ABSTRACT: Different protein secondary structure elements have different physicochemical properties and roles in the protein, which may determine their evolutionary flexibility. However, it is not clear to what extent protein structure affects the way Darwinian selection acts at the amino acid level. Using phylogeny-based likelihood tests for positive selection, we have examined the relationship between protein secondary structure and selection across six species of Drosophila. We find that amino acids that form disordered regions, such as random coils, are far more likely to be under positive selection than expected from their proportion in the proteins, and residues in helices and beta-structures are subject to less positive selection than predicted. In addition, it appears that sites undergoing positive selection are more likely than expected to occur close to one another in the protein sequence. Finally, on a genome-wide scale, we have determined that positively selected sites are found more frequently toward the gene ends. Our results demonstrate that protein structures with a greater degree of organization and strong hydrophobicity, represented here as helices and beta-structures, are less tolerant to molecular adaptation than disordered, hydrophilic regions, across a diverse set of proteins.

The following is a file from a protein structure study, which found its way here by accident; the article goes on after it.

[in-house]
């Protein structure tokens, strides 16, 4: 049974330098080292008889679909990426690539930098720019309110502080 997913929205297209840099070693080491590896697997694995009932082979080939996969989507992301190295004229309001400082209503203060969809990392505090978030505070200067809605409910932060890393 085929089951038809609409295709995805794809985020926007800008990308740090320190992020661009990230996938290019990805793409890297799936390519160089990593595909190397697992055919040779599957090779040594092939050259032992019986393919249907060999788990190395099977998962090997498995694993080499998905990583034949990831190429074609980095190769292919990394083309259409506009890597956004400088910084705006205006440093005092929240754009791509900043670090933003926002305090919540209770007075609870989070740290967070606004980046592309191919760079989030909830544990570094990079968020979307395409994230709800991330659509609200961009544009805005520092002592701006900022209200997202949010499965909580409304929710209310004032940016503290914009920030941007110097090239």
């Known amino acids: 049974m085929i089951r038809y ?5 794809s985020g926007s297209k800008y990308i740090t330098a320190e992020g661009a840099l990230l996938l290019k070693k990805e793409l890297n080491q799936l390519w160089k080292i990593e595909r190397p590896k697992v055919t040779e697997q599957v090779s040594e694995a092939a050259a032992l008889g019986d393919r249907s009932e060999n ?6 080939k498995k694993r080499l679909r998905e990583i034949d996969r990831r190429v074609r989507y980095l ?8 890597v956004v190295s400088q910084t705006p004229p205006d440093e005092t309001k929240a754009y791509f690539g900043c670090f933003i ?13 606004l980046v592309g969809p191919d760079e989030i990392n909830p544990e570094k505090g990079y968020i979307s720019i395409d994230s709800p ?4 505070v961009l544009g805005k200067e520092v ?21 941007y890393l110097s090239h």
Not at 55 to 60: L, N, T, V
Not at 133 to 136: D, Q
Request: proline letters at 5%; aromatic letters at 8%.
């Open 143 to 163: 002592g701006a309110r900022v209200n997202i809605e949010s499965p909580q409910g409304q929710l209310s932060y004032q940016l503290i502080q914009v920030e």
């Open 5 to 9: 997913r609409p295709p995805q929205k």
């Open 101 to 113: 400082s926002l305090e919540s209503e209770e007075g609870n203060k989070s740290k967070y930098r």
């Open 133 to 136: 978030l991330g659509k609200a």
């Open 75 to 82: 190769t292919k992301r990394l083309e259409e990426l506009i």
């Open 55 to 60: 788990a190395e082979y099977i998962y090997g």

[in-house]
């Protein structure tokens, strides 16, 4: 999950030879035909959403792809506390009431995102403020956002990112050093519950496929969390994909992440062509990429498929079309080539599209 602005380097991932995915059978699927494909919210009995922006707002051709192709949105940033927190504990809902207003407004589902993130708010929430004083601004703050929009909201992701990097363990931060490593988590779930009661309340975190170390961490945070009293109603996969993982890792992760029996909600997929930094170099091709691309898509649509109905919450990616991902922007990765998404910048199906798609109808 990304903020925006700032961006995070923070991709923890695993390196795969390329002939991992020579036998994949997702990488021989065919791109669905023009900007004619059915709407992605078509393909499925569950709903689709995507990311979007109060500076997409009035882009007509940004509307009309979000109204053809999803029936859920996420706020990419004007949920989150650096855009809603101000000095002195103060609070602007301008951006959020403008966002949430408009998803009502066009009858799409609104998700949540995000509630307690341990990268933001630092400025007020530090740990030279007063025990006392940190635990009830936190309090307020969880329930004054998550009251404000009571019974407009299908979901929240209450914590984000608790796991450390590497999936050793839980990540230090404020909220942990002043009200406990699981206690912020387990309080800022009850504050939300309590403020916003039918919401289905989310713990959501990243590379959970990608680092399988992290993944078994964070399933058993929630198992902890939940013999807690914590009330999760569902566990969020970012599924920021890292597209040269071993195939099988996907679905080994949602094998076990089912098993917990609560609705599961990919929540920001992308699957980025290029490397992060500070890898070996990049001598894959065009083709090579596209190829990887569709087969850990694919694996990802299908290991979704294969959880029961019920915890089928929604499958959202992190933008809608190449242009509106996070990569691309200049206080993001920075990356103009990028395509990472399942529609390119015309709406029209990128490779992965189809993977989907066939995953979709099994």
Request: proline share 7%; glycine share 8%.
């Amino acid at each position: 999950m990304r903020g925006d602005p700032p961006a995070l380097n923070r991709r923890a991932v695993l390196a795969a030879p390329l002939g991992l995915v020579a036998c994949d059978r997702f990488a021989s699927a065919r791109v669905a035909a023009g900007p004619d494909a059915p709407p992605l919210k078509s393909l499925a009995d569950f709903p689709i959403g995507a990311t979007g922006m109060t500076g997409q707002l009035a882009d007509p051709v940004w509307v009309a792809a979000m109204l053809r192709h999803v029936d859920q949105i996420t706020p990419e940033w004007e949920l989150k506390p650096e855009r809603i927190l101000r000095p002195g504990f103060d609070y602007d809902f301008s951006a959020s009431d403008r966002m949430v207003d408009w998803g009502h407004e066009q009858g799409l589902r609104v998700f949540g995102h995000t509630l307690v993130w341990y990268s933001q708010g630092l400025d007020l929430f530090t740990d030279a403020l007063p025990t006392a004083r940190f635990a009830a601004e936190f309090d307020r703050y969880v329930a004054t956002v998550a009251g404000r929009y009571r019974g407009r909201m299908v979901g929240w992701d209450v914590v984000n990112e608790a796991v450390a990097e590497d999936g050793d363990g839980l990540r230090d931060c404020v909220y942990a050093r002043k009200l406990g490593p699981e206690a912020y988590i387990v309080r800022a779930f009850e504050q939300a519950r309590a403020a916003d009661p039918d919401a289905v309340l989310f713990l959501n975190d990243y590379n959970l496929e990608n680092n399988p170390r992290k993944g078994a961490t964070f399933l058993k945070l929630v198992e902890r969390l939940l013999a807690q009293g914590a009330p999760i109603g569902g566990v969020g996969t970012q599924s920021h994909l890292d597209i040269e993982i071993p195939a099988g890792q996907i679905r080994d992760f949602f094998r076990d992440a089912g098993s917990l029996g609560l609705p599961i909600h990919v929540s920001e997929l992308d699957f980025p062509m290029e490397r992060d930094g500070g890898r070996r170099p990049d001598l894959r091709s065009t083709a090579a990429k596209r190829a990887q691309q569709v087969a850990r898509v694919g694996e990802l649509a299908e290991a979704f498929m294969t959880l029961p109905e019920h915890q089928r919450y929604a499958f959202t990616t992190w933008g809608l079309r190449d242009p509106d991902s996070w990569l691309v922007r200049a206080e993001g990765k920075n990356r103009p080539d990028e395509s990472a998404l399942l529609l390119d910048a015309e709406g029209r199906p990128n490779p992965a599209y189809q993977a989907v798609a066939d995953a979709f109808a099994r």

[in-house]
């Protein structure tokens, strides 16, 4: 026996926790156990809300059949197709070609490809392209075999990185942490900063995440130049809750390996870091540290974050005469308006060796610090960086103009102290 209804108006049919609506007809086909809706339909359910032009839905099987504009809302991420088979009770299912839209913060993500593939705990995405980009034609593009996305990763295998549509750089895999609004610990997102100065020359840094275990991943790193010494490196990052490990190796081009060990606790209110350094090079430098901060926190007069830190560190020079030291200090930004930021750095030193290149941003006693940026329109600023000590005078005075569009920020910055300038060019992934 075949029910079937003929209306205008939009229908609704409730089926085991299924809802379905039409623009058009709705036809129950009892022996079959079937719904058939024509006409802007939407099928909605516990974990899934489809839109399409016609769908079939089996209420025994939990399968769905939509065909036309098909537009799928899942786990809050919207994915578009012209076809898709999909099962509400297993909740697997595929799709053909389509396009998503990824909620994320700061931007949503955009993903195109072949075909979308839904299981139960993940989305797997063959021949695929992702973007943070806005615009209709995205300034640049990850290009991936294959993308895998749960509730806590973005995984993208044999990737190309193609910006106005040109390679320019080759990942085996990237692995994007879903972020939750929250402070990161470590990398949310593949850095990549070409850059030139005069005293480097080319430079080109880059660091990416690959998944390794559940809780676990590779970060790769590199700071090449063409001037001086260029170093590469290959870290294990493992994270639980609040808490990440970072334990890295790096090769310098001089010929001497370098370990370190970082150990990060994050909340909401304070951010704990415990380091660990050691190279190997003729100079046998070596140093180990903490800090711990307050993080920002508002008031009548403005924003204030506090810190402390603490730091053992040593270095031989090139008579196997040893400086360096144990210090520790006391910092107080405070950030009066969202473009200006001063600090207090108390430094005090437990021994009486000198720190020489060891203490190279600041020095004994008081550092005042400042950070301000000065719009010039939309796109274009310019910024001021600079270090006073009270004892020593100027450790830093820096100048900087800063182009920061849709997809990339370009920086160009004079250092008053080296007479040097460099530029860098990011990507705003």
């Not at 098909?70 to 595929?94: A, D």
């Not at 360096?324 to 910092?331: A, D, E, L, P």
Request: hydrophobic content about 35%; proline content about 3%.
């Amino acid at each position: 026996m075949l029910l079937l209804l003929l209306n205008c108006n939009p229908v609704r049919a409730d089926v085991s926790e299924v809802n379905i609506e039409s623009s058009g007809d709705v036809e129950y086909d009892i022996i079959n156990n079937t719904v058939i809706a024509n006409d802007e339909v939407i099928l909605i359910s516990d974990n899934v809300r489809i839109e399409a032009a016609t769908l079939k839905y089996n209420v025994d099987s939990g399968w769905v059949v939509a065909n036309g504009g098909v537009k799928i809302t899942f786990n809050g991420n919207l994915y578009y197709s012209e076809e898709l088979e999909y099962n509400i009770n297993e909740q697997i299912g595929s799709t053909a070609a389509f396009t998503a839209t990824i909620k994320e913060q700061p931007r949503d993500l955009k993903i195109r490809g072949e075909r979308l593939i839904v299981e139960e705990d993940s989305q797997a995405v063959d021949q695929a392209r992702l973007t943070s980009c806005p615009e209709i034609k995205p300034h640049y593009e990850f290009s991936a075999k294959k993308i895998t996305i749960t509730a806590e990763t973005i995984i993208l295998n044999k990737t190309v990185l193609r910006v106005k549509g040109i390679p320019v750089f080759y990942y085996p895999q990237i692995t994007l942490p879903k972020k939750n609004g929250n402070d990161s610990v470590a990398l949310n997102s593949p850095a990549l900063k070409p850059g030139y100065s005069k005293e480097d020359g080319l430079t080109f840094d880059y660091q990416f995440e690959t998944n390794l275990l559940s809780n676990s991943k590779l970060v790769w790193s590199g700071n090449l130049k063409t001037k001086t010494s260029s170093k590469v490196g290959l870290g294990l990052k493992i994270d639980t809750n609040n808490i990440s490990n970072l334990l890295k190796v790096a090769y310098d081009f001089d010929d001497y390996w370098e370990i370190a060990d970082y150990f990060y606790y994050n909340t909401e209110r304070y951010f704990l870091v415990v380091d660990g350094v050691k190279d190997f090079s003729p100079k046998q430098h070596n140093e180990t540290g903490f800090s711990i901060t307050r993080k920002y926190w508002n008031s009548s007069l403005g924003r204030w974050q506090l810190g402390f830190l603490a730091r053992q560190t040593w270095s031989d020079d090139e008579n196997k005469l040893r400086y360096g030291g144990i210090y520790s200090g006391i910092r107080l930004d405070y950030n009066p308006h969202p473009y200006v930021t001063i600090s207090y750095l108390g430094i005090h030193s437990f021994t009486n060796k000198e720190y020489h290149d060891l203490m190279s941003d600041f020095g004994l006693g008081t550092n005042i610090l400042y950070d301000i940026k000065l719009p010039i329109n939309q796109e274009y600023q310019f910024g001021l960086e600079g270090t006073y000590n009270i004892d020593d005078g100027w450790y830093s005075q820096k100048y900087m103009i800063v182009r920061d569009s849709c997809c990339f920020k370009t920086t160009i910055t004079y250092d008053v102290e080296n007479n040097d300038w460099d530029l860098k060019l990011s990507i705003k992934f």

Full-text · Article · May 2010 · Genome Biology and Evolution
  • Source
    • "Given that the pattern of substitution in D. sechellia more closely resembles that of the most recent common ancestor between these species (Singh N, Arndt P, Clark A, and Aquadro C, personal communication); another hypothesis is that synonymous sites have responded more quickly to a change in selective or nonselective pressures on base composition along the D. melanogaster lineage. In particular, the between-chromosome comparisons suggest the existence of a fixation bias toward A and T as has previously been suggested for this species (e.g., Bauer DuMont et al. 2004; Holloway et al. 2008). "
    [Show abstract] [Hide abstract]
    ABSTRACT: Selection is thought to be partially responsible for patterns of molecular evolution at synonymous sites within numerous Drosophila species. Recently, “per-site” and likelihood methods have been developed to detect loci for which positive selection is a major component of synonymous site evolution. An underlying assumption of these methods, however, is a homogeneous mutation process. To address this potential shortcoming, we perform a complementary analysis making gene-by-gene comparisons of paired synonymous site and intron substitution rates toward and away from the nucleotides G and C because preferred codons are G or C ending in Drosophila. This comparison may reduce both the false-positive rate (due to broadscale heterogeneity in mutation) and false-negative rate (due to lack of power comparing small numbers of sites) of the per-site and likelihood methods. We detect loci with patterns of evolution suggestive of synonymous site selection pressures predominately favoring unpreferred and preferred codons along the Drosophila melanogaster and Drosophila sechellia lineages, respectively. Intron selection pressures do not appear sufficient to explain all these results as the magnitude of the difference in synonymous and intron evolution is dependent on recombination environment and chromosomal location in a direction supporting the hypothesis of selectively driven synonymous fixations. This comparison identifies 101 loci with an apparent switch in codon preference between D. melanogaster and D. sechellia, a pattern previously only observed at the Notch locus.
    Full-text · Article · May 2009 · Genome Biology and Evolution
Show more